“For some reason, I just went out there and tried to throw the ball hard one game. I wound up throwing it harder. I’m really excited about it. Hopefully I can maintain it going forward” said Morton to Matt Gelb in 2016. “I feel like my arm is working really well. My timing is really good. I feel like my arm is quicker. I’m maintaining my pitch speed throughout the game, which is really promising. It’s not just I go out there, throw hard, and it fades away.”
That’s kind of a weird explanation. “I just went out there and tried to throw the ball hard one game?” Really? I mean, yeah, it’s possible, but baseball players aren’t always the most forthcoming people you’ll meet. It’s possible there was something going on behind the scenes that Morton didn’t want to reveal. My guess is there were some mechanical adjustments, and also good health after years of arm trouble.
Whatever the reason, Morton’s velocity jumped these last few years, and it has undoubtedly played a role in his success. He pairs those high-velocity four-seamers and two-seamers with a hellacious high-spin curveball that snaps hard and fast. (Morton uses a spike curveball grip he learned from A.J. Burnett when they were teammates in Pittsburgh.) On April 30th of this year Morton struck out ten Yankees and allowed one run in 7.2 innings. Everyone complained the Yankees strike out too much, but look at this:
Also, there’s one more thing worth mentioning because it’s part of the Charlie Morton experience. This dude is beloved by his teammates. I never did write it up for CBS, but at the All-Star Game this year and during the postseason the last two years Astros players and coaches couldn’t stop praising the guy for his work ethic, the way he overcame adversity (injuries) earlier in his career, his humility, and for being a role model.
“Maybe in this stage of my career, maybe give guys that are older, or they’ve gone through failures or injuries, give them something to look at, like, ‘Maybe it’s not over just because people are saying it’s over, or I’m bad because people say I’m bad,'” Morton said to Hunter Atkins earlier this year. “What I get out of it now is that I know I’m contributing. That’s a good feeling.”
Aside from Sabathia and Hyun-Jin Ryu, there is no free agent starting pitcher this offseason that I worry less about handling New York than Morton. He’s a tough dude who’s had to work hard to get healthy and have success, and he’s thrived in big situations. Morton threw the final four innings in Game Seven of the World Series last year three days after throwing 6.1 innings in Game Four, remember.
Morton’s injury history is long, ugly, and diverse. He’s hurt everything there is to hurt at some point. Let’s go through the injury timeline:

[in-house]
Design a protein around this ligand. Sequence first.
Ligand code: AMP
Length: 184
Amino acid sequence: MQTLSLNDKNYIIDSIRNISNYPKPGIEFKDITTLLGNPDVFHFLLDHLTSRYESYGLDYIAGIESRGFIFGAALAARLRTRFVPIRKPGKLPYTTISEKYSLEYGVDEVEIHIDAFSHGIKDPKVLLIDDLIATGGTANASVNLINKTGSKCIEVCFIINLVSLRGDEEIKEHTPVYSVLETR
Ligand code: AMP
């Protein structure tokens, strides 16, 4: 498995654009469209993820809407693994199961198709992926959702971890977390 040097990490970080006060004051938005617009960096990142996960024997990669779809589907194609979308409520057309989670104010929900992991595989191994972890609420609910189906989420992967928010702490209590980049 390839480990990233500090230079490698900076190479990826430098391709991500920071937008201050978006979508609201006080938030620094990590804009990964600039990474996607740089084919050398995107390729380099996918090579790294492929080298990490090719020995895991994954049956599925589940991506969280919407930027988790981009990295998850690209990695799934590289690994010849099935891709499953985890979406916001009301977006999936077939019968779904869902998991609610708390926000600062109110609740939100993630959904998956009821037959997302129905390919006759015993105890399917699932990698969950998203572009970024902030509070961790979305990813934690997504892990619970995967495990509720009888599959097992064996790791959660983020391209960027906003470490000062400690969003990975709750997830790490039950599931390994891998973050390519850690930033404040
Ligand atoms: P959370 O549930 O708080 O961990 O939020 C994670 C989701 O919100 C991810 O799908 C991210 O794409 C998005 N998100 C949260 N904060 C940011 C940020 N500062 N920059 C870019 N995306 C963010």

- 2009: Missed two weeks with an oblique strain and three weeks with a hamstring strain.
- 2010: Missed six weeks with shoulder fatigue.
- 2011: Missed three weeks total (two bouts) with shoulder fatigue.
- 2012-13: Had Tommy John surgery in June 2012 and returned in June 2013.
- 2014-15: Missed final week of 2014 and first two months of 2015 with hip labrum surgery
- 2016: Had season-ending surgery to repair a torn hamstring in April. He got hurt on a bunt.
- 2017: Missed six weeks with a lat strain.
- 2018: Missed ten days with shoulder discomfort.
Yikes! Morton’s been on the disabled list every season of his big league career and there are some serious injuries in there. Tommy John surgery? Hip labrum surgery? Torn hamstring? That is serious stuff. Morton has come back from all of it, and that’s part of the reason why his teammates respect him so much. This dude has been through a lot.
Morton only spent ten days on the disabled list with the shoulder discomfort this year but the injury was more serious that that would lead you to believe. He went on the disabled list in late August and returned in early September. Morton made four appearances after that. His pitch counts: 94, 70, 24, 34. The Astros more or less shut him down in mid-September, before they even clinched the AL West. The shoulder needed rest.
Houston had little choice but to start Morton in ALCS Game Four — he started that game on 17 days rest — and he clearly did not look like himself. The velocity was okay and the breaking ball looked good, but Morton was all over the place and not sharp at all. Chris Sale had shoulder trouble in the second half and looked kinda crummy in the postseason. Morton looked the same way.
Because of all those injuries, Morton has never thrown more than 180 innings in a season and only twice has he reached 170 innings, and that was back in 2010 and 2011. His 167 innings this year were his most since 2011. Outside 2016, the torn hamstring season, Morton’s been a 140-150 inning guy the last few years. Given his age and injury history, whoever signs him kinda has to assume a stint or two on the disabled list is coming each season.
The Astros did not make Morton the $17.9M qualifying offer prior to last week’s deadline, which kinda surprised me. Is that an indication the ‘Stros are scared of his injury history? Or just a sign they believe they can re-sign him at a lower average annual value and don’t want to risk him accepting the qualifying offer and blowing up their budget? Anyway, here are some contract estimates: